The Elizabeth Immigration Court will be reopened on Friday after it was closed earlier this week, multiple sources have told Documented, and judges have been asked to volunteer to appear at the court.
According to Allan Pollack, an immigration attorney and former chair of the New Jersey Chapter of the American Immigration Lawyers Association, attorneys were told on Thursday by their clients in the Elizabeth Detention Center that they would need to appear on Friday. Pollack received further confirmation from the court.
The Department of Justice has come under fire from immigration lawyers, immigration judges and prosecutors for its handling of the immigration courts during the coronavirus pandemic that has swept the nation. After pressure from a range of groups, the Executive Office for Immigration Review, an agency within the DOJ that oversees the courts, postponed all non-detained hearings. However, hearings for people in detention are still moving forward across the country.
EOIR has drawn further criticism for closing and reopening courts in response to staffers testing positive for COVID-19. The Varick Street immigration court was closed for a day last week when a court staffer tested positive for COVID-19. It was then reopened.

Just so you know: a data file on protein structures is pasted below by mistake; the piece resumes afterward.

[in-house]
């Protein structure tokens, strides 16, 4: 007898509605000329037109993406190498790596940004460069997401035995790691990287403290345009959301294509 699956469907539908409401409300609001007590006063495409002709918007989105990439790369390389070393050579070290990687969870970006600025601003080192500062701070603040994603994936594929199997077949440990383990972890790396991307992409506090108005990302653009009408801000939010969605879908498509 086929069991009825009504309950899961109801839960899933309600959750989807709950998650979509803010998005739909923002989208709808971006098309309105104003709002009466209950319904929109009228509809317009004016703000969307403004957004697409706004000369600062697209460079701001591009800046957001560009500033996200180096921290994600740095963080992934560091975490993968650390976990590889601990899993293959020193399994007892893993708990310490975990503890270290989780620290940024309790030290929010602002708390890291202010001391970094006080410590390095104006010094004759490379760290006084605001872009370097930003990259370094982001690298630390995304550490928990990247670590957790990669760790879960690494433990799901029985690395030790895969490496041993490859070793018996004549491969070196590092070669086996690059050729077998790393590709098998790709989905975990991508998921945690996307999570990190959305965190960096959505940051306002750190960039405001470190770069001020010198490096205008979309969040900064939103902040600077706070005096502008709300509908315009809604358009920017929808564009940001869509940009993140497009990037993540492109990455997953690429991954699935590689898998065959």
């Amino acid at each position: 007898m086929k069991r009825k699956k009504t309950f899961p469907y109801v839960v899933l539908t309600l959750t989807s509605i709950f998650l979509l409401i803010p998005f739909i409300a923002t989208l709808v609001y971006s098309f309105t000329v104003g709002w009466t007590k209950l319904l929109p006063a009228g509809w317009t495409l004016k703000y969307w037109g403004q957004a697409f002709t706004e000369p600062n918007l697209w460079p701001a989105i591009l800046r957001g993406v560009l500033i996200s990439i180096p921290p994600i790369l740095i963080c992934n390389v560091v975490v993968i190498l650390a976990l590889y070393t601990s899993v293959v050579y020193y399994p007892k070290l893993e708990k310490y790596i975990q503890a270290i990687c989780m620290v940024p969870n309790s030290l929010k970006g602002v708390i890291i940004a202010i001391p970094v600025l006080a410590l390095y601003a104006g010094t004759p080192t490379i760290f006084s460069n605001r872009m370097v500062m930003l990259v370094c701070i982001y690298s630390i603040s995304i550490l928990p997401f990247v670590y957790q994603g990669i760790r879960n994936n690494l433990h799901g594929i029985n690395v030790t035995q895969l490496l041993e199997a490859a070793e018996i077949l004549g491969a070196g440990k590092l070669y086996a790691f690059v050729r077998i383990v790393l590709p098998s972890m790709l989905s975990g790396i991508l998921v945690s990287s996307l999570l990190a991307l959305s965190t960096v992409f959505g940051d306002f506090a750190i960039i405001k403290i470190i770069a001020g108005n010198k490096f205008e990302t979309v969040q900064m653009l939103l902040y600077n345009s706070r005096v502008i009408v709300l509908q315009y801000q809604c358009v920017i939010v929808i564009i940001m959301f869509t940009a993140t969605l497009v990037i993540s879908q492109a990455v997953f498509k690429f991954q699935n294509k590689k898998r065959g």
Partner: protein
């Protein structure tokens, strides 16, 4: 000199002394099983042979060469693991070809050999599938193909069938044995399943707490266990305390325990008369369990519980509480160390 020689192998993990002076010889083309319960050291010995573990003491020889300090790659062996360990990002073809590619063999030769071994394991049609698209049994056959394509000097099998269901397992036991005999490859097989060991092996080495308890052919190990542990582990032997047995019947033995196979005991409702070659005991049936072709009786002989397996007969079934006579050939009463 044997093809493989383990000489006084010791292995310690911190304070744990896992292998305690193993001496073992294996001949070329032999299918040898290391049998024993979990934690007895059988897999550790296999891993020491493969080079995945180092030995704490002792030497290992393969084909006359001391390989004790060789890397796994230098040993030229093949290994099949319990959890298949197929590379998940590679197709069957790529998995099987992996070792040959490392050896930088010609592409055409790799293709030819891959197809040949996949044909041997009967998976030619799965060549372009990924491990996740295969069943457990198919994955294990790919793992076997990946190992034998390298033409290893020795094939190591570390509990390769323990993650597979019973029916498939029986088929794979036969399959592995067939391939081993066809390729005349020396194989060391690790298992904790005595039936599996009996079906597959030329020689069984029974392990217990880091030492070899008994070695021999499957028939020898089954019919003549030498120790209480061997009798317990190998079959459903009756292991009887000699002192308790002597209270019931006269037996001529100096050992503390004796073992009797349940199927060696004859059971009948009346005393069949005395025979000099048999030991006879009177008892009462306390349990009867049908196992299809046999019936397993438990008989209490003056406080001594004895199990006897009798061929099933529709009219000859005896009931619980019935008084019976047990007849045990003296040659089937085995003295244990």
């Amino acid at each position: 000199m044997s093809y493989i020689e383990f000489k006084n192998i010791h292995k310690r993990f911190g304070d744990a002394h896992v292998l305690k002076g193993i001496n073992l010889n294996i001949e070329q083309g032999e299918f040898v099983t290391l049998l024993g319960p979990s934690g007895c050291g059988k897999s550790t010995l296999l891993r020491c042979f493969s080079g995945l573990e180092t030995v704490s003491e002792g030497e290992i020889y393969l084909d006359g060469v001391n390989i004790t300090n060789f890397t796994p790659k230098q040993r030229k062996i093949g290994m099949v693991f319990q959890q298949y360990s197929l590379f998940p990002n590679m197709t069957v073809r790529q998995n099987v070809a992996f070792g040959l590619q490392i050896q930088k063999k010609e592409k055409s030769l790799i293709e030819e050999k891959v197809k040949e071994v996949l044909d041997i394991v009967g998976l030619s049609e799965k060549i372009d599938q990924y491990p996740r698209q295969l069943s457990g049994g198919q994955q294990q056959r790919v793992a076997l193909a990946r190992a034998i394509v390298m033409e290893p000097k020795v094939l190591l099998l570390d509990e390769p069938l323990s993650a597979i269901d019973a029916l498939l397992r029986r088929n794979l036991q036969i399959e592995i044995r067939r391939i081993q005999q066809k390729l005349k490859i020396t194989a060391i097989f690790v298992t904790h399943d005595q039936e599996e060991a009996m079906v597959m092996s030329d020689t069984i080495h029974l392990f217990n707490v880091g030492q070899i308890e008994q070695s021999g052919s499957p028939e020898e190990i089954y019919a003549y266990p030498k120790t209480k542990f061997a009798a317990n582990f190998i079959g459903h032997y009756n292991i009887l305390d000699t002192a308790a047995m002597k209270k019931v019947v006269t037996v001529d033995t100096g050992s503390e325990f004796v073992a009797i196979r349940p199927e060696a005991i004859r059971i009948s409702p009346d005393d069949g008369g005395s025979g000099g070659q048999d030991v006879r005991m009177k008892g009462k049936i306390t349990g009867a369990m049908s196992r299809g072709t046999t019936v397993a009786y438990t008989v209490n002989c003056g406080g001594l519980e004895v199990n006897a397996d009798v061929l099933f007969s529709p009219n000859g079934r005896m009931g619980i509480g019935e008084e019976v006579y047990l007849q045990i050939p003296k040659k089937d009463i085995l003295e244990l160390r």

Similarly, the Elizabeth Immigration Court was closed on Monday. EOIR stated on Twitter that this was due to the Elizabeth Detention Center being closed. Immigration and Customs Enforcement confirmed to Documented that the facility was in-fact open. The reason it was closed remains unclear.
EOIR did not respond to a request for comment at the time of publication.
All announcements about court closures have also been made on Twitter, often close to midnight. Leaving immigration lawyers and prosecutors confused.
According to the Executive Vice President of the National Association Immigration Judges Amiena Khan, judges have been asked to volunteer to appear in the Elizabeth Immigration Court on Friday. She said that they prefer being given the option to volunteer as opposed to being ordered to appear. However, NAIJ supports judges making decisions based on their own personal situations.
“I don’t know what assurances this agency is giving its employees,” Khan said, speaking in her capacity with NAIJ. “We still have no understanding of the standards that EOIR is utilizing,” to decide on court closures, Khan added.
The American Immigration Lawyers Association and other immigration lawyer groups filed a lawsuit in the U.S. District Court for the District of Columbia on Monday calling on the DOJ to take new measures in the court. The lawsuit calls for the suspension of all in-person hearings for detained immigrants and the release of immigrants from detention who do not have access to adequate remote communication, among other things.